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Joseph Rotman,left, chairman of Grand Challenges Canada and Dr. Peter Singer, ceo of Grand Challenges Canada meet with the Globe and Mail editorial board to talk about their involvement and the goals of Grand Challenges Canada. The organization was established in 2010 with a $225 million commitment from the Canadian government, Grand Challenges Canada is a groundbreaking initiative that funds scientists and researchers in Canada and around the world to develop new and creative solutions to the world's toughest health problems.Fred Lum/The Globe and Mail/The Globe and Mail

Next time someone says "innovation" and "Canadian" don't go together, point them toward the Grand Challenges Canada program that gave out 15 grants of $100,000 each this winter to researchers.

Walter Karlen, a biomedical engineer at the University of British Columbia, is developing a method to diagnose childhood pneumonia – using a camera "oximeter" built into an ordinary cellphone. With the special software he is creating, he intends to measure the oxygen-saturation rate in a child's blood. The majority of hospitals in the developing world don't have expensive pulse oximeters that can alert doctors that a child needs specialized care for the disease. But even the most remote community clinics have access to cellphones. Two million children die of pneumonia each year, largely for lack of a diagnosis.

Karim S. Karim, an electrical engineer at the University of Waterloo, is developing a $1,000 X-ray machine using digital-imaging technology to test for tuberculosis. Typically, digital X-ray machines cost $100,000. Treatment is cheap; it's the diagnosis that's expensive and widely unavailable. One-third of the world's population is affected by TB, and 1.7 million people die in a year from it. If Prof. Karim's invention works, a network of TB clinics could be set up throughout Asia and Africa.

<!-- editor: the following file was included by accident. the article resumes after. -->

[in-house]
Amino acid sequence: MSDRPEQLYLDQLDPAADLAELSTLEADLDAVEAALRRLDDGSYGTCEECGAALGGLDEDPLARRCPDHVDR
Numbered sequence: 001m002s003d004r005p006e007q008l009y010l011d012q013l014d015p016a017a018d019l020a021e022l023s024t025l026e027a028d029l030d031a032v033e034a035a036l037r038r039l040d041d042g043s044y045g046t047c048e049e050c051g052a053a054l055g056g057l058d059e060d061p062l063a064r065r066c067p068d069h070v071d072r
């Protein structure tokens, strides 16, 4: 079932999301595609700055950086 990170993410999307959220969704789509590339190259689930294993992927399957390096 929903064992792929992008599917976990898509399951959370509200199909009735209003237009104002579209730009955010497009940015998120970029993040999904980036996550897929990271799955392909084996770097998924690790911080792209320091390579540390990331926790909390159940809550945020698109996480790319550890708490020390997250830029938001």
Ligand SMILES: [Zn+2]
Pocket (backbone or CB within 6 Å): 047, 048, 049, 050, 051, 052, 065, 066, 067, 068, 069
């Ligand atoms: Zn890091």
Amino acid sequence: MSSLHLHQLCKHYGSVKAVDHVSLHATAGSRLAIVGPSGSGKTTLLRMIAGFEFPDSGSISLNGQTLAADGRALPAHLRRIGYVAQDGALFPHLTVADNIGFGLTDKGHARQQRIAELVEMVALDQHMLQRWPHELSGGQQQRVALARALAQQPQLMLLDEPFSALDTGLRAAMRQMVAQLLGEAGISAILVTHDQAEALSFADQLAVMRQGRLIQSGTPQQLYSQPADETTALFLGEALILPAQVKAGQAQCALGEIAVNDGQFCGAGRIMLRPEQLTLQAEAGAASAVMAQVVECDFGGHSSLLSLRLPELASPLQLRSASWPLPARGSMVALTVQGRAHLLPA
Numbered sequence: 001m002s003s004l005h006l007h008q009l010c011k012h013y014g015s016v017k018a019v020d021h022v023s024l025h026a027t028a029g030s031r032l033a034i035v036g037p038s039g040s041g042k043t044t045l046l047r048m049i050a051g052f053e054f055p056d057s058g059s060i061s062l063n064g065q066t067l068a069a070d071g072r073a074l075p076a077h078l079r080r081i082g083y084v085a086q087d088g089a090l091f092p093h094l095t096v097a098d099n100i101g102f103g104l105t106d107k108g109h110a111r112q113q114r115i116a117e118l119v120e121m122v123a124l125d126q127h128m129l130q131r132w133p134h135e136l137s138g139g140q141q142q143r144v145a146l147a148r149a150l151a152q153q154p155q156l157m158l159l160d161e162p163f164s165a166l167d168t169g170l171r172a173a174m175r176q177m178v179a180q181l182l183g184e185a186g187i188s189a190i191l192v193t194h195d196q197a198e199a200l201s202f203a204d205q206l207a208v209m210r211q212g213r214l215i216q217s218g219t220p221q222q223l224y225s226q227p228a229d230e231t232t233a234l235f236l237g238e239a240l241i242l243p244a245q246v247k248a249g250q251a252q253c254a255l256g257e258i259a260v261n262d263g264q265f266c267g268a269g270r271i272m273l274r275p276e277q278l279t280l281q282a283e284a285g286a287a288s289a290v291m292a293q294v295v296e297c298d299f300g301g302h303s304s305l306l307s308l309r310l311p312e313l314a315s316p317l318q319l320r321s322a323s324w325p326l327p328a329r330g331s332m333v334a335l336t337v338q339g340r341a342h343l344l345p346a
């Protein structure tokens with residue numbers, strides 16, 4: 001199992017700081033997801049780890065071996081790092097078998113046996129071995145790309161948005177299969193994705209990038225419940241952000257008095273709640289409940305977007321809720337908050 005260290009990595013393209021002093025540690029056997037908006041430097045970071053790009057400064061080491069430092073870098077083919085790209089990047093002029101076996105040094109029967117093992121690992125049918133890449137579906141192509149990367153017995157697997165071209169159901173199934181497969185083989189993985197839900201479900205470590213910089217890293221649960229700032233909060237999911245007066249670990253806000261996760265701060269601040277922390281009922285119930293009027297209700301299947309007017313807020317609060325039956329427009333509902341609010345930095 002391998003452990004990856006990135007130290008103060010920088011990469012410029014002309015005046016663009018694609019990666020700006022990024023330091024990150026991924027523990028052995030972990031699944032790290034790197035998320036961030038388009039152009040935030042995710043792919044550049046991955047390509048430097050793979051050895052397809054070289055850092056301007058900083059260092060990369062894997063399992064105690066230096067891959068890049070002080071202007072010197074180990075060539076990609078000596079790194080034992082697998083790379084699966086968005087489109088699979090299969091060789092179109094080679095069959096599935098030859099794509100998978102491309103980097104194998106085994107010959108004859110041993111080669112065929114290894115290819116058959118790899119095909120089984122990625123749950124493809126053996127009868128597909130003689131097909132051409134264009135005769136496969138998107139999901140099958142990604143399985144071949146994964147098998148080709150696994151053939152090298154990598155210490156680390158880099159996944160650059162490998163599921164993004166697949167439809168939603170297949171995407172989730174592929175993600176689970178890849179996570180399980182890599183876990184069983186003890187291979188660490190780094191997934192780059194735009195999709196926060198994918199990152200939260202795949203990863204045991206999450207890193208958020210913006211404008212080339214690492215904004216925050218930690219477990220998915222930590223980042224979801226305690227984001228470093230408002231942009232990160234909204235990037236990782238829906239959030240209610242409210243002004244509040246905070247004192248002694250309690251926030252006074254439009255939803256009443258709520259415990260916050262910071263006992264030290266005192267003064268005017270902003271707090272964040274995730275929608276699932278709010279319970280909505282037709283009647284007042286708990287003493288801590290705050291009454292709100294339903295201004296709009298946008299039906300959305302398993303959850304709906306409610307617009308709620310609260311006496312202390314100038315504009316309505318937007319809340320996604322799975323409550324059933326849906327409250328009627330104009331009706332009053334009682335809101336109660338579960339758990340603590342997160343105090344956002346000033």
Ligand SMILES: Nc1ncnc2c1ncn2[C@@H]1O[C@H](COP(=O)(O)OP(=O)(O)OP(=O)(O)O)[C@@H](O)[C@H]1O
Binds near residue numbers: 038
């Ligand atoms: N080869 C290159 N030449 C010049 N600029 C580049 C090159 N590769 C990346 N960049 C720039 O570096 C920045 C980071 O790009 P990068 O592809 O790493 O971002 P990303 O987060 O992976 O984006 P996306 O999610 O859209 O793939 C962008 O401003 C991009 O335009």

These are fantastic ideas, in more than one sense. Both aim at bringing health care out of distant hospitals and closer to villages. Both aim at creating business models based on high volumes and low margins. And they aim at doing so fast. If their innovations can be shown to work, Dr. Karlen and Dr. Karim will qualify for up to $1-million 18 months from now, from Grand Challenges Canada Rising Stars in Global Health, to get their projects up and running, with the help of partners in Africa.

It's early to draw major lessons yet. Some preliminary lessons: The $250-million in federal support (for the Rising Stars and other Grand Challenges programs) stimulates a wealth of research. That research appears to have strong commercialization potential. Next, the "integrated innovation" approach that brings together new ideas in technology, business and society (such as creating a network of community clinics for TB) offers hope that great ideas and products will be designed with a market in mind. And finally, those approaches also offer promise for this country, which has no shortage of remote or aboriginal communities – and perhaps inner-city neighbourhoods – that could benefit from low-cost, widely available diagnostic tests.

Bill Gates has invested hugely in scientific discovery in his own, much larger Grand Challenges program, but has found that applying those discoveries in the developing world takes far longer than he expected. Mr. Gates knows a few things about how to change the world, but the Canadian approach may yet teach him something new about innovation.

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